What’s new

The pages on Shelter Legal are updated regularly to reflect changes in the law. This page lists the most recent updates to Shelter Legal.

Making a claim for universal credit

Changes made 16 August 2019

The Department for Work and Pensions (DWP) has published a new guide for staff supporting prisoners and prison leavers with making and managing claims for Universal Credit (UC). The ‘Supporting prison leavers: a guide to Universal Credit’ offers information on how to prepare for making a claim for UC, how to submit it, what help with housing cost is available when in prison and how to access support from DWP and other organisations. The guide is part of a collection of resources available on the DWP’s ‘Universal credit and prison leavers’ web site, a link to which can be found under ‘Essential links’ on this page.

View page red arrow

Family of workers and self-employed

Changes made 15 August 2019

With effect from 15 August 2019, the Immigration (European Economic Area) (Amendment) Regulations 2019 SI 2019/1155 amend the Immigration (European Economic Area) Regulations 2016 SI 2016/1052 to give effect, among other, to the decision of the European Court of Justice in SM (Algeria) v Entry Clearance Officer, UK Visa Section [2019] CJEU C-129/18 where the Court held that where a child was placed in the care of a EEA national under a ‘kafala agreement’ (which under Islamic law is akin to guardianship but does not give rise to a parent-child relationship), the child would qualify as an 'extended family member' of the EEA national, rather than a 'family member' as direct descendant. The amendments also clarify that the category of 'extended family members' can include relatives of an EEA national's spouse or civil partner. [PREVIOUS WHAT'S NEW 15 August 2019]: Following users’ feedback, the section on primary carers of children in education of EEA workers (‘Baumbast’/’Ibrahim’ derivative right to reside) has been updated to clarify the conditions that have to be met in order for the primary carer to obtain a right to reside under reg 16(4) Immigration (European Economic Area) Regulations 2016 SI 2016/1052.

View page red arrow

Tenant fees: overview

Changes made 14 August 2019

HM Courts & Tribunal Service has published ‘Guidance on applications and appeals under the Tenant Fees Act 2019 (TFA3)’. The guidance offers advice on the processes (e.g. where a tenant wishes to recover a prohibited payment from a landlord/agent), the forms and the associated fees, including applications under the ‘Help with Fees’ scheme. A link to the guidance can be found under ‘Essential links’ on this page. [PREVIOUS WHAT'S NEW 5 August 2019]: In response to users’ feedback, the information relating to the Tenant Fees Act 2019 has been amended to clarify what happens where a tenancy/licence is renewed on/after 1 June 2019 and the parties agree for the landlord/agent to re-use a deposit the occupier paid in respect of a pre-June 2019 agreement. Where a tenancy/licence is renewed for another fixed-term, this is treated as a new applicable agreement. If the deposit already held by the landlord/agent (i.e. paid in respect of a pre-June 2019 agreement) exceeds the five or six weeks’ rent cap and is to be ‘transferred’ to cover the new fixed-term started, the landlord/agent is under an obligation to repay any amount above the cap. [PREVIOUS WHAT'S NEW 19 June 2019]: The Tenant Fees Act 2019 bans landlords and letting agents from requiring a tenant, licensee or other 'relevant person' to pay fees, other than 'permitted payments', in connection with specified private rented sector tenancies/licences. In response to users' feedback, this page of Shelter Legal has been amended to clarify that local housing authorities, the Greater London Authority or organisations acting on their behalf are excluded from the definition of relevant person under the Act and can make any payments in connection with any tenancy/licence when acting on behalf of tenants/licensees or guaranteeing their rent.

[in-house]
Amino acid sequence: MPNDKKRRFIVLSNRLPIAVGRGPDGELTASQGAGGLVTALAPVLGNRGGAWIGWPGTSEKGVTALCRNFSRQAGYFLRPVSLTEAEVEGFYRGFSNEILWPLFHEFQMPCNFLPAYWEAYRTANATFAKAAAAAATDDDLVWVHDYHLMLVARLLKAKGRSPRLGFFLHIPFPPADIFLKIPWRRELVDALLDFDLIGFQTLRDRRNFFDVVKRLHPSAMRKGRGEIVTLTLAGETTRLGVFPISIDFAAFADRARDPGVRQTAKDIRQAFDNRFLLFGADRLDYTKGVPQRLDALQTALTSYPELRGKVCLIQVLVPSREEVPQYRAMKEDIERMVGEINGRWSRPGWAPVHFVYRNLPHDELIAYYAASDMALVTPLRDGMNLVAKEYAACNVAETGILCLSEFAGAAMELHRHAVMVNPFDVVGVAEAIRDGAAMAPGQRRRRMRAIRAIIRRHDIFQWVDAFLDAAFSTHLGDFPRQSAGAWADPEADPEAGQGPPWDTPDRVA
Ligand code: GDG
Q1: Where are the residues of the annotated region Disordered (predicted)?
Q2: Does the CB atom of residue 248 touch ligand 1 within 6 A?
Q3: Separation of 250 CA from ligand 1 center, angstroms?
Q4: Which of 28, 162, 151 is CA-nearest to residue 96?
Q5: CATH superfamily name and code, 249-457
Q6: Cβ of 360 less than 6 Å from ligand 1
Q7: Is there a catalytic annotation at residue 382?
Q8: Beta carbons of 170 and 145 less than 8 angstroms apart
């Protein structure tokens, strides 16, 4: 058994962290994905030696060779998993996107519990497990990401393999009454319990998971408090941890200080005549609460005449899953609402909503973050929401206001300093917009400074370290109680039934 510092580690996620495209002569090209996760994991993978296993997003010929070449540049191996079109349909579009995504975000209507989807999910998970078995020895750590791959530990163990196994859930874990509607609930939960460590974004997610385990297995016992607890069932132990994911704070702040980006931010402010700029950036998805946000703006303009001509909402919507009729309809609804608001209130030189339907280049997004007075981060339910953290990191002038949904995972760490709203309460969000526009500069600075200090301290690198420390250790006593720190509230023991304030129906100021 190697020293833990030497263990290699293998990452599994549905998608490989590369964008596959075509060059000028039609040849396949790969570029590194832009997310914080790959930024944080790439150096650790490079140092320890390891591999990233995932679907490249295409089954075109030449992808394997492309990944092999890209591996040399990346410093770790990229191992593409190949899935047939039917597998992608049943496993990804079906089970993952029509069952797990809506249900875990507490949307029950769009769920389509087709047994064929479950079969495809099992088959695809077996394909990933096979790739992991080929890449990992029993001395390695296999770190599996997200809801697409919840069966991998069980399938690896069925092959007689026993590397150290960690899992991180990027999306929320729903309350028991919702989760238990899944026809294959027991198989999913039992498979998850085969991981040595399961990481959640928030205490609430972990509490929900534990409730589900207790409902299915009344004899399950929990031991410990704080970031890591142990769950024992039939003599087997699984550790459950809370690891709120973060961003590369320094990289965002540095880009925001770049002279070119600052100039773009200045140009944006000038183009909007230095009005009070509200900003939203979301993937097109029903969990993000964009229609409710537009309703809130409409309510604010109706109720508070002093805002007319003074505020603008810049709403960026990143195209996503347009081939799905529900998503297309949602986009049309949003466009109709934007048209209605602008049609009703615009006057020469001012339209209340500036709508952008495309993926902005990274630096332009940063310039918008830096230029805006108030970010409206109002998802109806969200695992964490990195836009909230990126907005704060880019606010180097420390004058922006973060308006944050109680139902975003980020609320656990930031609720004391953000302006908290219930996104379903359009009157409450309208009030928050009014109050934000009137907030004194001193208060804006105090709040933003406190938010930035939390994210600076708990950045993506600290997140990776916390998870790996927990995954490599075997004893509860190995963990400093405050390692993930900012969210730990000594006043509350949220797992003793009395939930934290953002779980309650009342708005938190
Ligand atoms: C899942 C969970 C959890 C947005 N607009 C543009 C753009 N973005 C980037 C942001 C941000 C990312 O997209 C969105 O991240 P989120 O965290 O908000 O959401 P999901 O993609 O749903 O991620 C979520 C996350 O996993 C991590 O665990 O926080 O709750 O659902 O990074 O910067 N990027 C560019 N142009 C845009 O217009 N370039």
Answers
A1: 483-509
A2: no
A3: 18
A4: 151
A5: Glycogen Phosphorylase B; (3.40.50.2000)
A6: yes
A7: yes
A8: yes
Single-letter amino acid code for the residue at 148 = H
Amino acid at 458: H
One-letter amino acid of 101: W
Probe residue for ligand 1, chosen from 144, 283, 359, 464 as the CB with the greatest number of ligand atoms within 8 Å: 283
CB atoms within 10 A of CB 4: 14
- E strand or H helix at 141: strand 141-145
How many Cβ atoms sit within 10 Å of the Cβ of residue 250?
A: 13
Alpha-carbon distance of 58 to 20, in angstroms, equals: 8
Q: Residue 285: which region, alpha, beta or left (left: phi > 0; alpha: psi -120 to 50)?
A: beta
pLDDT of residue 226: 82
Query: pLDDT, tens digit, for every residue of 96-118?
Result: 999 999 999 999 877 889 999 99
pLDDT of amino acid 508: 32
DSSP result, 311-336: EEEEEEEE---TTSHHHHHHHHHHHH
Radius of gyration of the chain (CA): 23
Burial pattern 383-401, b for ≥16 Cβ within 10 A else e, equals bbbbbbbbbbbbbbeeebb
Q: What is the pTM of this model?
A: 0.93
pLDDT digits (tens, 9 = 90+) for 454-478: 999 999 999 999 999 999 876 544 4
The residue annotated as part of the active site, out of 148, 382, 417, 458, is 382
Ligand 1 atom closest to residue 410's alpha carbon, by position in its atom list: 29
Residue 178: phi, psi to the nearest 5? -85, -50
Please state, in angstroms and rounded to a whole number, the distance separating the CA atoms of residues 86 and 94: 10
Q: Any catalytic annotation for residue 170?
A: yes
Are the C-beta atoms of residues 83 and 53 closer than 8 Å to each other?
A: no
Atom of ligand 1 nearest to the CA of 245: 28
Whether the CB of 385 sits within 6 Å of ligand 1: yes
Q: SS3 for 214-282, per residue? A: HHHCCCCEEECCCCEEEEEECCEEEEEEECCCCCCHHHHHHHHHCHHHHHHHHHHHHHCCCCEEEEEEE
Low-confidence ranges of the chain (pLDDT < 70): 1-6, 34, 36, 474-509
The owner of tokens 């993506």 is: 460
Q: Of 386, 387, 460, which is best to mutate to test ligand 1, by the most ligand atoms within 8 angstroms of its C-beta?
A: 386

View page red arrow

A8 nationals

Changes made 12 August 2019

In AM v Secretary of State for Work and Pensions (ESA) [2019] UKUT 215 (AAC), the Upper Tribunal confirmed that, following the outcome of SSWP v Gubeladze [2019] UKSC 31, a Lithuanian national who had worked in the UK between January 2009 and February 2010, before becoming unable to work due to temporary incapacity, had retained worker status for the purpose of claiming employment and support allowance (ESA) in March 2015. The Upper Tribunal expressed concern that the claim’s history provided by the Department for Work and Pensions to the First-tier Tribunal lacked accuracy. [PREVIOUS WHAT'S NEW: 7 August 2019] The Department for Work and Pensions has issued Memo ADM 14/19 - Right to reside: UC, and Memo DMG 11/19 - Right to reside: IS, JSA, ESA & SPC to provide guidance to local authorities' decision makers on the effects of the Supreme Court decision in Secretary of State for Work and Pensions v Gubeladze [2019] UKSC 31. It advises that decision makers should no longer refuse A8 EEA workers the right to reside on the grounds of not having complied with the Worker Registration Scheme between 1 May 2009 and 30 April 2011. [PREVIOUS WHAT'S NEW: 19 June 2019] The restrictions to the right to reside in the UK imposed on A8 nationals by the Worker Registration Scheme were originally due to expire on 30 April 2009, but were extended until 30 April 2011 under the Accession (Immigration and Worker Registration) (Amendment) Regulations 2009 SI 2009/892. In Secretary of State for Work and Pensions v Gubeladze [2019] UKSC 31, the Supreme Court has confirmed that the extension of the Scheme was unlawful under EU law and that the 2009 Regulations should be disapplied. Therefore, periods of unregistered employment of A8 nationals in the period from 1 May 2009 to 30 April 2011 can be taken into consideration when determining, for example, whether they have retained worker status and/or acquired a permanent right to reside in the UK. From 1 May 2009, A8 nationals have the same rights of residence as other EEA nationals.

View page red arrow

Eligibility for universal credit

Changes made 09 August 2019